What is the Napkin Test in a 1031 Exchange?

the napkin test

Who Created the Napkin Test?

The Napkin Test was originally created by California tax attorney Marvin Starr on an actual napkin during a conference for real estate investing. The napkin test is an easy way to determine the potential for revealing taxable assets or “boot” in a Section 1031 exchange and to help real-estate investors make better decisions.

What is the Napkin?

The “Napkin” Test compares the values of the relinquished and replacement properties. It is simply a matter of determining if the exchangor is trading across or up in fair market value, mortgage, and equity. If the exchangor trades across or up in the fair market value of each of these three categories, there is no taxable boot related to the 1031 exchange.

This certainly does not take the place of the calculations to determine if any portion of the 1031 exchange is considered taxable; however, it is a way quick way to assess which portion, if any, may be subject to federal and state income tax. Let’s take a look at a quick example.

The Exchangor’s current property is “1” and the property to be acquired is “2.”

Property 1 (current)

Property 2 (to be acquired)

Value

$1,550,000

$2,260,000

Equity

$550,000

$550,000

Mortgage

$1,350,000

$1,750,000

Here, the Exchangor is trading up in fair market value, across in equity, and up in mortgage; therefore, there is no taxable boot.

What is “Boot” in a 1031 Exchange Mean?

The boot is any ‘unlike’ property received in a 1031 exchange. Property such as personal property, cash, or a reduction in the mortgage securing the property owed after an exchange is all “boot” and subject to federal (and sometimes state) income tax. By being able to forecast the potential for taxable boot, an investor is able to rethink the structure of the 1031 exchange before committing to the deal.

In the above example, if the investor were to trade their relinquished property (Property 1) with a mortgage of $1,350,000 for the replacement property (Property 2) and, instead of a $1,750,000 mortgage, Property B was subject to a $900,000 mortgage, the incremental $450,000 would be subject to federal income tax as taxable ‘boot’. This doesn’t necessarily mean that the 1031 exchange would not qualify for tax deferral treatment. Rather, tax deferral is still achieved except for the taxable ‘boot’ portion of the exchange.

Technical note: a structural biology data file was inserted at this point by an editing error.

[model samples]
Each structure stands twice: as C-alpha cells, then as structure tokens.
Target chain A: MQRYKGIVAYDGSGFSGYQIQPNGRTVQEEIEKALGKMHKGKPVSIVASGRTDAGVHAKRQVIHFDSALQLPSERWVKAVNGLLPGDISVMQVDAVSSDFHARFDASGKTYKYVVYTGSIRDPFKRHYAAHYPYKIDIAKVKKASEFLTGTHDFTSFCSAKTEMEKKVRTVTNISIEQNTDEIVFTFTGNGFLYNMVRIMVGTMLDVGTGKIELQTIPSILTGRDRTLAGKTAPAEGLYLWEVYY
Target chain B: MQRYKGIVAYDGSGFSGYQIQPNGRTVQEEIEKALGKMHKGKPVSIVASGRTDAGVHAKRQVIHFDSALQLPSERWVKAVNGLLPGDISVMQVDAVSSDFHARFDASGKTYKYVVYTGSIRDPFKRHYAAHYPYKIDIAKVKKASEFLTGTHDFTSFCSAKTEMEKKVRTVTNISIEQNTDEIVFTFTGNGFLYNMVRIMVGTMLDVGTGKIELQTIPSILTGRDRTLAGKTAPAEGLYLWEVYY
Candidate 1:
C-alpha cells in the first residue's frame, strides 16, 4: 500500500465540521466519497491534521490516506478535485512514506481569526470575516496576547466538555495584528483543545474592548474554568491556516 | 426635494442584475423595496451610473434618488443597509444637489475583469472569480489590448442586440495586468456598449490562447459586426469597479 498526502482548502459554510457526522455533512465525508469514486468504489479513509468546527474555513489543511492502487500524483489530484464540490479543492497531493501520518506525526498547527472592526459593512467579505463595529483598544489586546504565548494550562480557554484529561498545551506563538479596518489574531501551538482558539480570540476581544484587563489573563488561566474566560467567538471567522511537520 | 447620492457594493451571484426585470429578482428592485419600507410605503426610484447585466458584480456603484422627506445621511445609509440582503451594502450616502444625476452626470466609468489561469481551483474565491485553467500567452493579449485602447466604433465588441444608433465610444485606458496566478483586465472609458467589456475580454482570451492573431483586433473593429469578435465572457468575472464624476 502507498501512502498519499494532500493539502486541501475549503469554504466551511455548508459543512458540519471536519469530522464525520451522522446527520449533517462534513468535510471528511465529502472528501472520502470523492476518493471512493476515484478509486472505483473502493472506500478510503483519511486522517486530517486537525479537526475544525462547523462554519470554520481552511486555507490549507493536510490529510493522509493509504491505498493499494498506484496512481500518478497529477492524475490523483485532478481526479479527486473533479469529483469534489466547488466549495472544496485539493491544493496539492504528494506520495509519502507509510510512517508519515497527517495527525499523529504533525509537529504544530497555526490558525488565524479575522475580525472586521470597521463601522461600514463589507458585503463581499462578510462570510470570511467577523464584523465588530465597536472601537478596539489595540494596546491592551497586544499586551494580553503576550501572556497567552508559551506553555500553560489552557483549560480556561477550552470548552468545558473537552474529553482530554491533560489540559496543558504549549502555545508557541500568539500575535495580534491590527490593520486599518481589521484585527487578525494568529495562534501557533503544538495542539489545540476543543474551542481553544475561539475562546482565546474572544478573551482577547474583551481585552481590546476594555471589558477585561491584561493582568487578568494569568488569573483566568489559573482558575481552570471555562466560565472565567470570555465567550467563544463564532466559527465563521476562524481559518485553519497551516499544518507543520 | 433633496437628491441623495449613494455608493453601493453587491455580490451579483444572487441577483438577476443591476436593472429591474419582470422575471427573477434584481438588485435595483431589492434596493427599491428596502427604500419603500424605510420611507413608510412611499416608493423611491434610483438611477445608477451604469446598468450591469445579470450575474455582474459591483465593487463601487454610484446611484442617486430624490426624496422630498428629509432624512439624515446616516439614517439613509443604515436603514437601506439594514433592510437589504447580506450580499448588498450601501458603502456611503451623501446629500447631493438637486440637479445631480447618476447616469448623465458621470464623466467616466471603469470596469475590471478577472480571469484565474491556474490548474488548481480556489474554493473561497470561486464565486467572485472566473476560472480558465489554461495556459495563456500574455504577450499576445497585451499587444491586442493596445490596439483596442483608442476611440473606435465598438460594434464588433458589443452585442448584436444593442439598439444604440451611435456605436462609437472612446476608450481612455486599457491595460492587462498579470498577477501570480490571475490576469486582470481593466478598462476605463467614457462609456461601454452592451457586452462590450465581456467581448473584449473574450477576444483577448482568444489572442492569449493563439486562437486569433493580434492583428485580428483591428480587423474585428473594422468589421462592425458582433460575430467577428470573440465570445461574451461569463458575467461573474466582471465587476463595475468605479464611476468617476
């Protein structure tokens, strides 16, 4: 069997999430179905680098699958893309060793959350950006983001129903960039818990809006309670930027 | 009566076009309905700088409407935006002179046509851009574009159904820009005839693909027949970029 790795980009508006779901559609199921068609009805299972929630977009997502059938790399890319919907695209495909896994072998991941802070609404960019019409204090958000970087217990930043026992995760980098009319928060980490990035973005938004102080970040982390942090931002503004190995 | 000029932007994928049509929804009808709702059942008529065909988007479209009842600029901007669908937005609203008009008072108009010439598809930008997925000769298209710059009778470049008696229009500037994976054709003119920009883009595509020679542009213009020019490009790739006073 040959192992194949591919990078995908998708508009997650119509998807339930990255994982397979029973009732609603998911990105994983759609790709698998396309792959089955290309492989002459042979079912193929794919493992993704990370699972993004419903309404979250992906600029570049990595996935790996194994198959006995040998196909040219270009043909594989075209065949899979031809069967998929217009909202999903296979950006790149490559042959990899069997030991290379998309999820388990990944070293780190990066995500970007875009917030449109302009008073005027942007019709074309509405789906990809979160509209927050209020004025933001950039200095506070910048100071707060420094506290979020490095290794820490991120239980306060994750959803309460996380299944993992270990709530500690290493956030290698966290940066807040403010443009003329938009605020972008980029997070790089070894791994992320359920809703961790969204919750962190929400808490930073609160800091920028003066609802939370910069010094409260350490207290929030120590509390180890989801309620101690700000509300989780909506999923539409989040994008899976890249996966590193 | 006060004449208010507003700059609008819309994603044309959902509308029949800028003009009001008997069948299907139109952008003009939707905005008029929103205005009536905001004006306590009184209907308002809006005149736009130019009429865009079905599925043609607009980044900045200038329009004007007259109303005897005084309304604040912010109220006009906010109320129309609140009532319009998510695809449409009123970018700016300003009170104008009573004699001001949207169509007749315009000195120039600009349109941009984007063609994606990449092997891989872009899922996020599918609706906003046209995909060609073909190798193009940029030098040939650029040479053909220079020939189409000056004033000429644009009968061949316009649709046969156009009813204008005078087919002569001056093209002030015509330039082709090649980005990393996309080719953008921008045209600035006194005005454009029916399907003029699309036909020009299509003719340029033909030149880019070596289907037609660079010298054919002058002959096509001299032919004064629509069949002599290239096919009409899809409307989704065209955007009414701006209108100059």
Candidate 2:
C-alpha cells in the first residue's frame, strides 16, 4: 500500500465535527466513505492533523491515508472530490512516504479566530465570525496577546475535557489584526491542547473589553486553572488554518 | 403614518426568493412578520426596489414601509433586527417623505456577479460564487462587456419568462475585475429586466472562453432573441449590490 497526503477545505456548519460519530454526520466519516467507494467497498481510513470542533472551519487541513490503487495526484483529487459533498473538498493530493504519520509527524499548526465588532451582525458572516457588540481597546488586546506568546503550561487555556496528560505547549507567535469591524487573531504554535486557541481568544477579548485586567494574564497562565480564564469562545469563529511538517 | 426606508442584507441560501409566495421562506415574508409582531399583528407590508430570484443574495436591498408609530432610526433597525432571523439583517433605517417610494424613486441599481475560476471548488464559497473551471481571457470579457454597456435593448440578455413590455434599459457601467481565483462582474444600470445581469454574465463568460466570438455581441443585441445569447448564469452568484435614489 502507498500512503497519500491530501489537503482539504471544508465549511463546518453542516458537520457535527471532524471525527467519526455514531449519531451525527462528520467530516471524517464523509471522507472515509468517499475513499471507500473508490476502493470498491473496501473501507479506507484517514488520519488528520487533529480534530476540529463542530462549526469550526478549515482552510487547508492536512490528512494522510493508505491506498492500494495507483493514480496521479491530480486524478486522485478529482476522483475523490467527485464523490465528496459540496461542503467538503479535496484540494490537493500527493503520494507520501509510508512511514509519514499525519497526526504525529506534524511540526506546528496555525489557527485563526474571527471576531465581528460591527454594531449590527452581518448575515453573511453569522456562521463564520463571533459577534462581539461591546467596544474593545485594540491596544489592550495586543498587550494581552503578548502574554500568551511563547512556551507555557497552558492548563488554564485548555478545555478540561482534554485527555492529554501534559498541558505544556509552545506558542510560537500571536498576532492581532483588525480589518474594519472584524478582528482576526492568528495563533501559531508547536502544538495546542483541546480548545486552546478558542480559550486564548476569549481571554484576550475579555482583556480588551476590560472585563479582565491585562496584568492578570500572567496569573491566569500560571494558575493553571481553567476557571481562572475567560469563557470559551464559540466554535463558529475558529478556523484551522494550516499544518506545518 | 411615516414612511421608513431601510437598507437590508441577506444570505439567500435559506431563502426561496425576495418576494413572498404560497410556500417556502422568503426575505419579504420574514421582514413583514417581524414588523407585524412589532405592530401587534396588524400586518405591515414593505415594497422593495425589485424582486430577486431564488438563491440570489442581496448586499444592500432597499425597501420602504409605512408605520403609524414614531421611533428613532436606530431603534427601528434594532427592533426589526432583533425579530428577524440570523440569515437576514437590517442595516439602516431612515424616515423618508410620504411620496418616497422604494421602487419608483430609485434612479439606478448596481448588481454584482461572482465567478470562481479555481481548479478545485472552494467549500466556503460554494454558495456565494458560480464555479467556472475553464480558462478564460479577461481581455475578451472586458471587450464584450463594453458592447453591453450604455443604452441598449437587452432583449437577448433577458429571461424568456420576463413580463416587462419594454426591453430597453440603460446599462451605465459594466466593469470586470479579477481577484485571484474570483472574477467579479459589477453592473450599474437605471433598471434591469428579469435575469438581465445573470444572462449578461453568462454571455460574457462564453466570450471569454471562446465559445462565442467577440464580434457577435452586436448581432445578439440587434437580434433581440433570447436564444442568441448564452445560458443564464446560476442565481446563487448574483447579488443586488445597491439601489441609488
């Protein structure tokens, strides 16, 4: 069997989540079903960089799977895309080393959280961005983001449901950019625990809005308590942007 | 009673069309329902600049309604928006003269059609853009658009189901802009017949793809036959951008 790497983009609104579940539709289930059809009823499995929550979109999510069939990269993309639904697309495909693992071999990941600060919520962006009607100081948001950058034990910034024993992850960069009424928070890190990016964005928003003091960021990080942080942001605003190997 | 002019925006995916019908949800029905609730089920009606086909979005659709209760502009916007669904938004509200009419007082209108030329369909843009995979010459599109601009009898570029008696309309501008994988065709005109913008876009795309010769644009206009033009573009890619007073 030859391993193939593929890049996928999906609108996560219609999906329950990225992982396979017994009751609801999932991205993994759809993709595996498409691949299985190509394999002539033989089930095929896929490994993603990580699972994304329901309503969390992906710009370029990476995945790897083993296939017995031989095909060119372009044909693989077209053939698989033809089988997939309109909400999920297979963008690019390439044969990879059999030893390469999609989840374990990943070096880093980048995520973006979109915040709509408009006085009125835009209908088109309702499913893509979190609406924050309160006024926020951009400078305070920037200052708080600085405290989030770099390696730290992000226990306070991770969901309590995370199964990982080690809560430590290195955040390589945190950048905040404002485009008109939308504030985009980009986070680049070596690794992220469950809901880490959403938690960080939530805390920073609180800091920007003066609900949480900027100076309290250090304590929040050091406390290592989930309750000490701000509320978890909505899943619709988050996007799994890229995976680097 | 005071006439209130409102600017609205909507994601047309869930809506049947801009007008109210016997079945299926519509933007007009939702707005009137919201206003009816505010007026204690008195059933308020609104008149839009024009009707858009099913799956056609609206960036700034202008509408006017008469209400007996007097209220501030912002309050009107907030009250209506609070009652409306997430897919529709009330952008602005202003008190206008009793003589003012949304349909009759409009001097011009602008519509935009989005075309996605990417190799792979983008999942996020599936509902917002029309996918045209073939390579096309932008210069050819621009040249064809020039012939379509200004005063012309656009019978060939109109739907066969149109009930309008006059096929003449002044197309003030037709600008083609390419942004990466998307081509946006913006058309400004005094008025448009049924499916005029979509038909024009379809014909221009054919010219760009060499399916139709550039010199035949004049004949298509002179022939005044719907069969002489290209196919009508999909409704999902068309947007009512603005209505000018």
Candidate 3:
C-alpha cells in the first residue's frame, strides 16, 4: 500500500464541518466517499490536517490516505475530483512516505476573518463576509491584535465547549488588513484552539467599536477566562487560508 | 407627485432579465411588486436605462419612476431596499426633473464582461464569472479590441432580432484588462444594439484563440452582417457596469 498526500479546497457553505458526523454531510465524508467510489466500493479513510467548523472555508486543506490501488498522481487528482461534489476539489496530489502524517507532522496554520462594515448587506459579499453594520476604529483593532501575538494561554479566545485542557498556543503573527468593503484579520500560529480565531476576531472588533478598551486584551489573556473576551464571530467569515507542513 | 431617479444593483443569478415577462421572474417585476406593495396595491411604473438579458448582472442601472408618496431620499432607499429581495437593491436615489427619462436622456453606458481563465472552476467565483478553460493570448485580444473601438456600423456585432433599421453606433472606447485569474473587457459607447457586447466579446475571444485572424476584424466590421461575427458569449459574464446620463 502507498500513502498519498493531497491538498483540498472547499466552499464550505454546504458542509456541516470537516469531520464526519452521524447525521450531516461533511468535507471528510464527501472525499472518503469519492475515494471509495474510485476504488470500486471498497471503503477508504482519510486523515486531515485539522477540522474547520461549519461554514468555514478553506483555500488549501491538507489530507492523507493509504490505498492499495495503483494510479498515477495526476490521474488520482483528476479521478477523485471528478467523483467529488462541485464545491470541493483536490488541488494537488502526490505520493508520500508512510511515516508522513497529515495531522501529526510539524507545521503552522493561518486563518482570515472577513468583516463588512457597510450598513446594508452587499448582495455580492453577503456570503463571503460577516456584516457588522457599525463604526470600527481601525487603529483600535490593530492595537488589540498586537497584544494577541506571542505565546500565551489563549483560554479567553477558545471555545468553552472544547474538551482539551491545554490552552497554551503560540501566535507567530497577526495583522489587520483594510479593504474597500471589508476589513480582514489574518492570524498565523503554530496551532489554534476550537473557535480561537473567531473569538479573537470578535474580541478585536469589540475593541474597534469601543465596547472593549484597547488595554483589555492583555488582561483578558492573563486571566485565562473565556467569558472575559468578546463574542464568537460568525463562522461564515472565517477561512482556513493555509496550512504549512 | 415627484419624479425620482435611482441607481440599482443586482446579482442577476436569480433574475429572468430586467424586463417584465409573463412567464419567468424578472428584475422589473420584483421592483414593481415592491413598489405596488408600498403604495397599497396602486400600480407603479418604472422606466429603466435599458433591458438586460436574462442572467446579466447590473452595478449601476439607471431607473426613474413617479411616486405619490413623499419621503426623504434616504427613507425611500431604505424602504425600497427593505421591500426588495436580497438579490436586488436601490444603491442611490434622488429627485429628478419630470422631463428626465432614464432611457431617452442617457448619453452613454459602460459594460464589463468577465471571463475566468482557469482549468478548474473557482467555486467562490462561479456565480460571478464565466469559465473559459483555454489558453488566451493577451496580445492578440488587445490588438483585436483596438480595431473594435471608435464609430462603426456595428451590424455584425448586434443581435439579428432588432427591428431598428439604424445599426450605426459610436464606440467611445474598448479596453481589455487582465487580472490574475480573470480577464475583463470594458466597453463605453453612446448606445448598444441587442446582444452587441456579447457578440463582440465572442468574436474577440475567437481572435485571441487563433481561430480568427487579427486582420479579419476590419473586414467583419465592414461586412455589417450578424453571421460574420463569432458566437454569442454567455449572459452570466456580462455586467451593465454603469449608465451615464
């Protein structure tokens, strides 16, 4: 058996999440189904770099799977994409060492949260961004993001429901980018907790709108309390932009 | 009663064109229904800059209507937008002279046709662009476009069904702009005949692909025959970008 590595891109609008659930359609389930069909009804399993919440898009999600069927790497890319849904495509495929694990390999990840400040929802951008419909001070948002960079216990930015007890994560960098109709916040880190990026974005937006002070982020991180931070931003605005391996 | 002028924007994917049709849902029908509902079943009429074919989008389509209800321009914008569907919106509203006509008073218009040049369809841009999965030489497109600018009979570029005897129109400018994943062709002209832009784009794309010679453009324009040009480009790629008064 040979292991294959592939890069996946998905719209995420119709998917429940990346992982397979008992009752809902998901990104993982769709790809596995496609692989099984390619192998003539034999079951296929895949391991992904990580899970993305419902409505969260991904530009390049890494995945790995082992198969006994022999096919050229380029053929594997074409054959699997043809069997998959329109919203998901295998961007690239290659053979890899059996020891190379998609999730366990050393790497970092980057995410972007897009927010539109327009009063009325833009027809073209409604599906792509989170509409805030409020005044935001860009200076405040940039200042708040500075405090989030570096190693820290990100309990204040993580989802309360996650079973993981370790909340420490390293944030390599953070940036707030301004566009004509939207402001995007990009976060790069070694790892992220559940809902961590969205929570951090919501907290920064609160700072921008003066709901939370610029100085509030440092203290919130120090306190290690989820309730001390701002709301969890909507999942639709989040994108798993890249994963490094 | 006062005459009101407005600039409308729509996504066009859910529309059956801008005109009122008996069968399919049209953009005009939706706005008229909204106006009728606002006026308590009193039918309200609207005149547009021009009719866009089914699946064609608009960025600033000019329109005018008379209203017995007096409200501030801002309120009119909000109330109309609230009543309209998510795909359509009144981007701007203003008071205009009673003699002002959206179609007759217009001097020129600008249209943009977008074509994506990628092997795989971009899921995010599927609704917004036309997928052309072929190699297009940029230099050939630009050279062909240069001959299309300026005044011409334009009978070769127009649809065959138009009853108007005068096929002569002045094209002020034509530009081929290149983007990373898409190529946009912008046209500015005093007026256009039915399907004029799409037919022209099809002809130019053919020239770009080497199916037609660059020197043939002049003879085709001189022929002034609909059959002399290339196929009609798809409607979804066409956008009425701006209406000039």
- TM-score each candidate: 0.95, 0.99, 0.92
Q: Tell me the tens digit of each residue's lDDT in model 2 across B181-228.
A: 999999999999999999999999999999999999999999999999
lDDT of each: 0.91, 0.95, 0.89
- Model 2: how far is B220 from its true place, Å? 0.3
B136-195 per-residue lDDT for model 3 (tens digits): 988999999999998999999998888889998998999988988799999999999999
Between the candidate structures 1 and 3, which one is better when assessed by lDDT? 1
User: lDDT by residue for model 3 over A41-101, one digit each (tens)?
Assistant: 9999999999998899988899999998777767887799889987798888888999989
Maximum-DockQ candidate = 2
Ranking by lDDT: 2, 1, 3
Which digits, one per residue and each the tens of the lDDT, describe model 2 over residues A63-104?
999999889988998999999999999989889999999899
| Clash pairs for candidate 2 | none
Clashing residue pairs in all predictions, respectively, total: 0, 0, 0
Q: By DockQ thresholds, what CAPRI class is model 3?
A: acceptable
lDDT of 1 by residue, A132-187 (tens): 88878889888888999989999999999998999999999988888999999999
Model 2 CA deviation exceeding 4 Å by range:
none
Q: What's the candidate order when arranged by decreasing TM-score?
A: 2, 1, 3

An investor can use the Napkin test to quickly ascertain whether there may be any portion of their 1031 exchange that could be subject to federal income tax. While this is a good exercise for investors to go through, we still recommend consulting a tax professional to perform the necessary calculations and analyze the exchange to confirm the findings using the Napkin test.

Reported on Form 8824

This will also be reported to the IRS on your federal income tax return on Form 8824 (to IRS.gov). You can think of this form as an expansion of the Napkin test. It will report any taxable portion of the 1031 exchange, the new basis in the property exchanged into, etc. While a 1031 exchange allows investors to defer federal income tax on the ‘sale’ of their property, the IRS will want to be able to track the properties you’ve exchanged.

By filing Form 8824 when a 1031 exchange has occurred, the IRS will be able to know if you’ve sold a property outright and should owe federal income tax on the prior exchanges that allowed you to defer the federal income tax.

We recommend an investor that is considering a 1031 exchange contact a tax professional or 1031 expert to walk them through any potential tax consequences of the exchange. There certain strategies that may be utilized to reduce the potential for taxable boot so that the entire exchange qualifies for tax deferral under Section 1031 of the Internal Revenue Code.

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